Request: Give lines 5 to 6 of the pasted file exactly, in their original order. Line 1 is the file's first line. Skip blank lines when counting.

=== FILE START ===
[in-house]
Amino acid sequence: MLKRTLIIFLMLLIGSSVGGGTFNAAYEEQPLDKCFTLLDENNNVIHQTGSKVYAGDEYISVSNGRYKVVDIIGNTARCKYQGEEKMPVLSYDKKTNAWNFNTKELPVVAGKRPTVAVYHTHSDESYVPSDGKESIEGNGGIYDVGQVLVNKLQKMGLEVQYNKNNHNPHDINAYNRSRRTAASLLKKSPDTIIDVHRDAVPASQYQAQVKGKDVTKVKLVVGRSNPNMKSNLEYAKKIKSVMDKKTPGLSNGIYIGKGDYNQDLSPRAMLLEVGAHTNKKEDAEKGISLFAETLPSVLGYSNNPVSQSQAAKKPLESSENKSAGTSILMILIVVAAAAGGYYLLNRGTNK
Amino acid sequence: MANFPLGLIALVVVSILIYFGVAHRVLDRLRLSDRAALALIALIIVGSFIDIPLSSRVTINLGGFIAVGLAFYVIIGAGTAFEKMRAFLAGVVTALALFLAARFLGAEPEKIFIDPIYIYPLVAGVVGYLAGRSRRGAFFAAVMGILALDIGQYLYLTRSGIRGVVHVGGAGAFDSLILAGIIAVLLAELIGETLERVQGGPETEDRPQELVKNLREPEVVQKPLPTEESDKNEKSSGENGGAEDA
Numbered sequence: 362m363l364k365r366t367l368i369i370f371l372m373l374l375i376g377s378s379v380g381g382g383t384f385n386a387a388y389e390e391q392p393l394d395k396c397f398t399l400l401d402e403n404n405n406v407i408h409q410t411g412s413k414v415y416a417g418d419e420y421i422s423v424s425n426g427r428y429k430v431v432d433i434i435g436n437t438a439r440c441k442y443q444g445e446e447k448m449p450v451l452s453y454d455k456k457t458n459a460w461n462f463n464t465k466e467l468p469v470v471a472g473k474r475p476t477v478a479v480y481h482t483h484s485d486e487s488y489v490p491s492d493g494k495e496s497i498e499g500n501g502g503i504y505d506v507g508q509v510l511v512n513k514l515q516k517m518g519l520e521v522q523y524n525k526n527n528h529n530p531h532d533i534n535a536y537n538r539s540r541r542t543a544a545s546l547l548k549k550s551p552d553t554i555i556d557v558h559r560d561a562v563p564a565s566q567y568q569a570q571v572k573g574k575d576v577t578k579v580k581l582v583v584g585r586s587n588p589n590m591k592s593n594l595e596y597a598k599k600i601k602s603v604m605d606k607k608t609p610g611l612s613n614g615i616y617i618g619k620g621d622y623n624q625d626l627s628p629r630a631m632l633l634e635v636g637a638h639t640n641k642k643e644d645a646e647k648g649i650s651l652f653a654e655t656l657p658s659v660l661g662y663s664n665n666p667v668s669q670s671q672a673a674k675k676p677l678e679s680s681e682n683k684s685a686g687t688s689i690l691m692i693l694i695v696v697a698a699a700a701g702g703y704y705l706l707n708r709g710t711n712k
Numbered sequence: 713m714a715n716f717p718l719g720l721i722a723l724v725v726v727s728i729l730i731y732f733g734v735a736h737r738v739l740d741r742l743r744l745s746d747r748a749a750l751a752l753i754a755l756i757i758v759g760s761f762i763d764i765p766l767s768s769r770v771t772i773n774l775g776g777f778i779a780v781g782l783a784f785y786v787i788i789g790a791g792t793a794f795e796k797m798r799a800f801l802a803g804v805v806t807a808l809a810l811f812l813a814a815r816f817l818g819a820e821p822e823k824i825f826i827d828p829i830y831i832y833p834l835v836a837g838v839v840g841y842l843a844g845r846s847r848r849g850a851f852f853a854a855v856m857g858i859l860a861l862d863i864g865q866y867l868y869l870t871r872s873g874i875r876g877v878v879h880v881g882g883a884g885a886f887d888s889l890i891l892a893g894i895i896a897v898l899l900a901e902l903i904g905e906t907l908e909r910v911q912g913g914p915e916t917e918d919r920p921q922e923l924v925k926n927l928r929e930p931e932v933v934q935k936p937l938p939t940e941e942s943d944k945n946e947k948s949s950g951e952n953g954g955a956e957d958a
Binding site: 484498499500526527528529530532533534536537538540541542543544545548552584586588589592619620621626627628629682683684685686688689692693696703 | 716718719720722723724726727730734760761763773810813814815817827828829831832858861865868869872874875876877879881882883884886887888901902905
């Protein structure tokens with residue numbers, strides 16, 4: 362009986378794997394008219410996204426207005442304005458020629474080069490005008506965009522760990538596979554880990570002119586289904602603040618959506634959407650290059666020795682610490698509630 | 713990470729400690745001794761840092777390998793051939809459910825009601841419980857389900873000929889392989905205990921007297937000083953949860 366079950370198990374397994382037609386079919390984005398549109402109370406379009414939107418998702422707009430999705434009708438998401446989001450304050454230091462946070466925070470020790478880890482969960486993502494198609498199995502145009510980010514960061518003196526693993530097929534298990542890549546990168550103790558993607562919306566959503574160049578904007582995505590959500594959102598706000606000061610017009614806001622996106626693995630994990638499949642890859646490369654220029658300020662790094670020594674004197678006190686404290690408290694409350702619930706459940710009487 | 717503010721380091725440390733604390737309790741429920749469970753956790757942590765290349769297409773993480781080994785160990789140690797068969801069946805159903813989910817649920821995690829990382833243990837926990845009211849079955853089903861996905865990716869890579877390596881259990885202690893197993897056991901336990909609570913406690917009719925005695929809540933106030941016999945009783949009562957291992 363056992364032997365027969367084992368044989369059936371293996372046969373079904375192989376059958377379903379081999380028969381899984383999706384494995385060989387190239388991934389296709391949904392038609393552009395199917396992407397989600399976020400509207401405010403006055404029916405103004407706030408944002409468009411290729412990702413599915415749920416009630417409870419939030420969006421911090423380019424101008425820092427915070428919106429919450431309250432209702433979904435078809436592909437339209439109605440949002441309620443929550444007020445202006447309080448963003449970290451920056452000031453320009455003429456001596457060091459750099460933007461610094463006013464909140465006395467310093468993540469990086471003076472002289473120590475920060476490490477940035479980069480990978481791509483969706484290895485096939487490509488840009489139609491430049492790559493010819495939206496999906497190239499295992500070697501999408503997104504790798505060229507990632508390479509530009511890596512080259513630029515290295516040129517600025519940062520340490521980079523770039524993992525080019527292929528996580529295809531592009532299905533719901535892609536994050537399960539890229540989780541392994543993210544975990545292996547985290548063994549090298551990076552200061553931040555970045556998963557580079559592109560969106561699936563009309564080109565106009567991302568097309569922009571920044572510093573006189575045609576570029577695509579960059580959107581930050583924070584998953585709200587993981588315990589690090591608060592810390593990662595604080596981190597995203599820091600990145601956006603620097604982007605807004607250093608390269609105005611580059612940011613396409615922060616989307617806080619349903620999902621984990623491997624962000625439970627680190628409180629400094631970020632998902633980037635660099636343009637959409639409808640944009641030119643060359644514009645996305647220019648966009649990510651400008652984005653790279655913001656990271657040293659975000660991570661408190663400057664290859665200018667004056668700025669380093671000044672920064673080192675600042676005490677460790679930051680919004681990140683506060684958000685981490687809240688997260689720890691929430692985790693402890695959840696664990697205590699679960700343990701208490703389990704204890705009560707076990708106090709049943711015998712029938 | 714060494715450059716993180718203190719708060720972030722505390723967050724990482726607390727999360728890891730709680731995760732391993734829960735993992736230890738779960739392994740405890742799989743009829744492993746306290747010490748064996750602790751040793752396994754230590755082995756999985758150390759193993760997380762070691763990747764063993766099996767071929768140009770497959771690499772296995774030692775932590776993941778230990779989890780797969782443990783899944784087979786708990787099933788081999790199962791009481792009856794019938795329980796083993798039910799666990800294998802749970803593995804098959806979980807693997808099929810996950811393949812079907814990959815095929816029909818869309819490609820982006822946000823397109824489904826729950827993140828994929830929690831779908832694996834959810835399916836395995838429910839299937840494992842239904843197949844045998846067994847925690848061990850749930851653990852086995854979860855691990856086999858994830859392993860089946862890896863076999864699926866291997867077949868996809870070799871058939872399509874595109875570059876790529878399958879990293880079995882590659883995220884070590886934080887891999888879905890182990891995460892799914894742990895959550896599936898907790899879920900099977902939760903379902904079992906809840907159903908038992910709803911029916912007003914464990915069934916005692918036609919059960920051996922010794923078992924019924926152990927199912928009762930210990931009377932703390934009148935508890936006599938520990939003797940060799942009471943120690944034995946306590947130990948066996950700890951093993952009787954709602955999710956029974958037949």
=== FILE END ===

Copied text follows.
Numbered sequence: 713m714a715n716f717p718l719g720l721i722a723l724v725v726v727s728i729l730i731y732f733g734v735a736h737r738v739l740d741r742l743r744l745s746d747r748a749a750l751a752l753i754a755l756i757i758v759g760s761f762i763d764i765p766l767s768s769r770v771t772i773n774l775g776g777f778i779a780v781g782l783a784f785y786v787i788i789g790a791g792t793a794f795e796k797m798r799a800f801l802a803g804v805v806t807a808l809a810l811f812l813a814a815r816f817l818g819a820e821p822e823k824i825f826i827d828p829i830y831i832y833p834l835v836a837g838v839v840g841y842l843a844g845r846s847r848r849g850a851f852f853a854a855v856m857g858i859l860a861l862d863i864g865q866y867l868y869l870t871r872s873g874i875r876g877v878v879h880v881g882g883a884g885a886f887d888s889l890i891l892a893g894i895i896a897v898l899l900a901e902l903i904g905e906t907l908e909r910v911q912g913g914p915e916t917e918d919r920p921q922e923l924v925k926n927l928r929e930p931e932v933v934q935k936p937l938p939t940e941e942s943d944k945n946e947k948s949s950g951e952n953g954g955a956e957d958a
Binding site: 484498499500526527528529530532533534536537538540541542543544545548552584586588589592619620621626627628629682683684685686688689692693696703 | 716718719720722723724726727730734760761763773810813814815817827828829831832858861865868869872874875876877879881882883884886887888901902905